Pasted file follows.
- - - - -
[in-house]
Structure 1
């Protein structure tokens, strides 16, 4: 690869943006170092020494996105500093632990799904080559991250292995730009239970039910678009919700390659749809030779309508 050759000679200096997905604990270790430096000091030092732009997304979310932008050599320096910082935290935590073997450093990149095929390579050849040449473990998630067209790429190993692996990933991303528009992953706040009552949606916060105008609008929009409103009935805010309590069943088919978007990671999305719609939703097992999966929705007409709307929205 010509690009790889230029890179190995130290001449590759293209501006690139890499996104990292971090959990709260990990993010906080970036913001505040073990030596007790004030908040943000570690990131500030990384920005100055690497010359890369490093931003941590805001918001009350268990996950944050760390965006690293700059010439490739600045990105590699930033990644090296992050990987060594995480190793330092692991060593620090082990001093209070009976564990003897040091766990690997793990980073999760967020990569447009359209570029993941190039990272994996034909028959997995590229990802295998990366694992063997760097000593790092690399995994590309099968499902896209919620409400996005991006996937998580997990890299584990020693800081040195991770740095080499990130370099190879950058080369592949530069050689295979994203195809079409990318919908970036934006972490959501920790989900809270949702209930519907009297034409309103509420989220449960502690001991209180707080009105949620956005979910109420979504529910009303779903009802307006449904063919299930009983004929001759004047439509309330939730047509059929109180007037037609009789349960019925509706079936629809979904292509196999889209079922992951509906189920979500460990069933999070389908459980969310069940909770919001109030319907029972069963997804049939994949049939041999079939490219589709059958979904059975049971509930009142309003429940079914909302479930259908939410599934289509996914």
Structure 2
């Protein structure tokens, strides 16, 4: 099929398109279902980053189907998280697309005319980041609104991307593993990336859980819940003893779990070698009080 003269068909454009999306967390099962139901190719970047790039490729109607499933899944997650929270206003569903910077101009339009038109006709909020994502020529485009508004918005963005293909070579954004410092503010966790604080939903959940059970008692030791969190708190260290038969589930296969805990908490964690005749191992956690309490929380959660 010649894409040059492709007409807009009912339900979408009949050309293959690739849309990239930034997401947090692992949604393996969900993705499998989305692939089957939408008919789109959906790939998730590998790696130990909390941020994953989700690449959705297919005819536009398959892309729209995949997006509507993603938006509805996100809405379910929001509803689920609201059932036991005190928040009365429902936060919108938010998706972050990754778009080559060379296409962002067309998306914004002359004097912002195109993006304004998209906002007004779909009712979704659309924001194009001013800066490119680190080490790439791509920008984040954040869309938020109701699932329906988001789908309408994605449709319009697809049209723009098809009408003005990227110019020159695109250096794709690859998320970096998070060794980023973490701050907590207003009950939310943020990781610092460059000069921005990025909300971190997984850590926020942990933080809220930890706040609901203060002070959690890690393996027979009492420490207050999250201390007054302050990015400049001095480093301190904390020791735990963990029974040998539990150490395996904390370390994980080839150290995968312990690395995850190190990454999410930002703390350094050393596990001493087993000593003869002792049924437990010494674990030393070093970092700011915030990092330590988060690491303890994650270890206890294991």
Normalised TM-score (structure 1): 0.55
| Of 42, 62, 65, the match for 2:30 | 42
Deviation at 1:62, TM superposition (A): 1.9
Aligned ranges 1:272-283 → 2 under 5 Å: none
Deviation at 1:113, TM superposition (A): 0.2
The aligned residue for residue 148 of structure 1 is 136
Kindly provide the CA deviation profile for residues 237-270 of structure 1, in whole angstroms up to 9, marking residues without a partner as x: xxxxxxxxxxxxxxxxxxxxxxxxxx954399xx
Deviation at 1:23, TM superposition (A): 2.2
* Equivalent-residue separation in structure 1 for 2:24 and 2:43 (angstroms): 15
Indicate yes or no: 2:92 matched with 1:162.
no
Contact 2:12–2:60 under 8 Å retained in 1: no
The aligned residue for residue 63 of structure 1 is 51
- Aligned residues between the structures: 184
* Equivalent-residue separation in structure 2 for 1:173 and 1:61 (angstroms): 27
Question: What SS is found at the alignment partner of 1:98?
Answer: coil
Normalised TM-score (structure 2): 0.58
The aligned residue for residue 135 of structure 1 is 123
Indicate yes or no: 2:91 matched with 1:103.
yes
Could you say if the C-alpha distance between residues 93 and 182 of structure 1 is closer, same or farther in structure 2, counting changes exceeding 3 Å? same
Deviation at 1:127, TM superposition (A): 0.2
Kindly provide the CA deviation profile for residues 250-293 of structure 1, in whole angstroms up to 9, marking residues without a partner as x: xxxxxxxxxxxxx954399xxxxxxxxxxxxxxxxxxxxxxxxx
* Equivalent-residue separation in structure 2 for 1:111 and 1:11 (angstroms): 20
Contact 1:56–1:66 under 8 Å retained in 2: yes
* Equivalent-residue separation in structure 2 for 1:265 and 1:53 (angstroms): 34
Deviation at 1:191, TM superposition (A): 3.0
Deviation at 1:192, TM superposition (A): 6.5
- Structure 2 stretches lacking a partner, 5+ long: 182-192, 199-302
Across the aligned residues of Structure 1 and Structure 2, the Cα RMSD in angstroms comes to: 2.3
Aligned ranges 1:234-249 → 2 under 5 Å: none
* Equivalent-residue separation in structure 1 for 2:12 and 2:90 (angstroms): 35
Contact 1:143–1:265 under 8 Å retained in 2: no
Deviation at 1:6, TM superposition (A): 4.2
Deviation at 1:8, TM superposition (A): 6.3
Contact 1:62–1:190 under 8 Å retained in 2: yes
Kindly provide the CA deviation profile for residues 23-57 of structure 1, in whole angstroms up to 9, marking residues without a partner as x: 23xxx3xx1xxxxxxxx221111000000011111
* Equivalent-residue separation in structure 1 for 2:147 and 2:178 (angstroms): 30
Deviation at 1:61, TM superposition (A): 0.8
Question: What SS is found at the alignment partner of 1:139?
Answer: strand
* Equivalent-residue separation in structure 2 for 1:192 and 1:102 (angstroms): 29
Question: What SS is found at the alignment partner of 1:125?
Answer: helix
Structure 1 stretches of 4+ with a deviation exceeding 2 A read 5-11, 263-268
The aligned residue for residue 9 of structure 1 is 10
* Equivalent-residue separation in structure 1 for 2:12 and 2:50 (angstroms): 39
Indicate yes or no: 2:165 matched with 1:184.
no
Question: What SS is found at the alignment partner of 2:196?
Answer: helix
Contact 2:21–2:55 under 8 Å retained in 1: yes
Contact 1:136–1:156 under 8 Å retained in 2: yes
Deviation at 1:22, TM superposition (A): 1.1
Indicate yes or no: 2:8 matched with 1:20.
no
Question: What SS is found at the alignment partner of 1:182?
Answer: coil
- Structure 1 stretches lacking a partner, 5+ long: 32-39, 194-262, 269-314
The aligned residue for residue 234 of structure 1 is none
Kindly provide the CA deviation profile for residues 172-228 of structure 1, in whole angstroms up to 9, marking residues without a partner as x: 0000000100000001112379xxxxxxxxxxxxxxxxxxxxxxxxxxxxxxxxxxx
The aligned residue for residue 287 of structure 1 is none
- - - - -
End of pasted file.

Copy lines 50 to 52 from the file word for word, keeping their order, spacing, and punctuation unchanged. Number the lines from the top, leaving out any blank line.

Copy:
Answer: helix
Structure 1 stretches of 4+ with a deviation exceeding 2 A read 5-11, 263-268
The aligned residue for residue 9 of structure 1 is 10